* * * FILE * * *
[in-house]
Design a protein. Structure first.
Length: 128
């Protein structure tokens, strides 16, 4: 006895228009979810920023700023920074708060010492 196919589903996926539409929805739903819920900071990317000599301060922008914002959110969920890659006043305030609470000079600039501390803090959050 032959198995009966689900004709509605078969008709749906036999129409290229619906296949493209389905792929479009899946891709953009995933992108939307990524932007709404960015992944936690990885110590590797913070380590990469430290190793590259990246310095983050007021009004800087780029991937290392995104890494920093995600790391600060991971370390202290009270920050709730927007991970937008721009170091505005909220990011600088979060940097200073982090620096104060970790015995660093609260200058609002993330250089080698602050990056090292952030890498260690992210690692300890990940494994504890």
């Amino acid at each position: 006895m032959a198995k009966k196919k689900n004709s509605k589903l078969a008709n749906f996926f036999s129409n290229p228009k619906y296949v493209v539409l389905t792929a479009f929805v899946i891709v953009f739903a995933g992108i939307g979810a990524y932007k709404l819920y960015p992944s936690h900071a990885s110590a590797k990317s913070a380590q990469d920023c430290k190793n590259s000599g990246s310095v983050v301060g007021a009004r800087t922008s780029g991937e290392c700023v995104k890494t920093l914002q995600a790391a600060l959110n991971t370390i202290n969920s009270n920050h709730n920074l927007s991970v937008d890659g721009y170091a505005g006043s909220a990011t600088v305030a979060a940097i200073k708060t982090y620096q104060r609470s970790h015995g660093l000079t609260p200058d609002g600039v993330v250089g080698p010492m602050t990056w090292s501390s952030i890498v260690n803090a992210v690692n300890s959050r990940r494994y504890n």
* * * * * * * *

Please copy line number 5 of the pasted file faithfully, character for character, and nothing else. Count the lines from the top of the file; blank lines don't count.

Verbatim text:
């Amino acid at each position: 006895m032959a198995k009966k196919k689900n004709s509605k589903l078969a008709n749906f996926f036999s129409n290229p228009k619906y296949v493209v539409l389905t792929a479009f929805v899946i891709v953009f739903a995933g992108i939307g979810a990524y932007k709404l819920y960015p992944s936690h900071a990885s110590a590797k990317s913070a380590q990469d920023c430290k190793n590259s000599g990246s310095v983050v301060g007021a009004r800087t922008s780029g991937e290392c700023v995104k890494t920093l914002q995600a790391a600060l959110n991971t370390i202290n969920s009270n920050h709730n920074l927007s991970v937008d890659g721009y170091a505005g006043s909220a990011t600088v305030a979060a940097i200073k708060t982090y620096q104060r609470s970790h015995g660093l000079t609260p200058d609002g600039v993330v250089g080698p010492m602050t990056w090292s501390s952030i890498v260690n803090a992210v690692n300890s959050r990940r494994y504890n």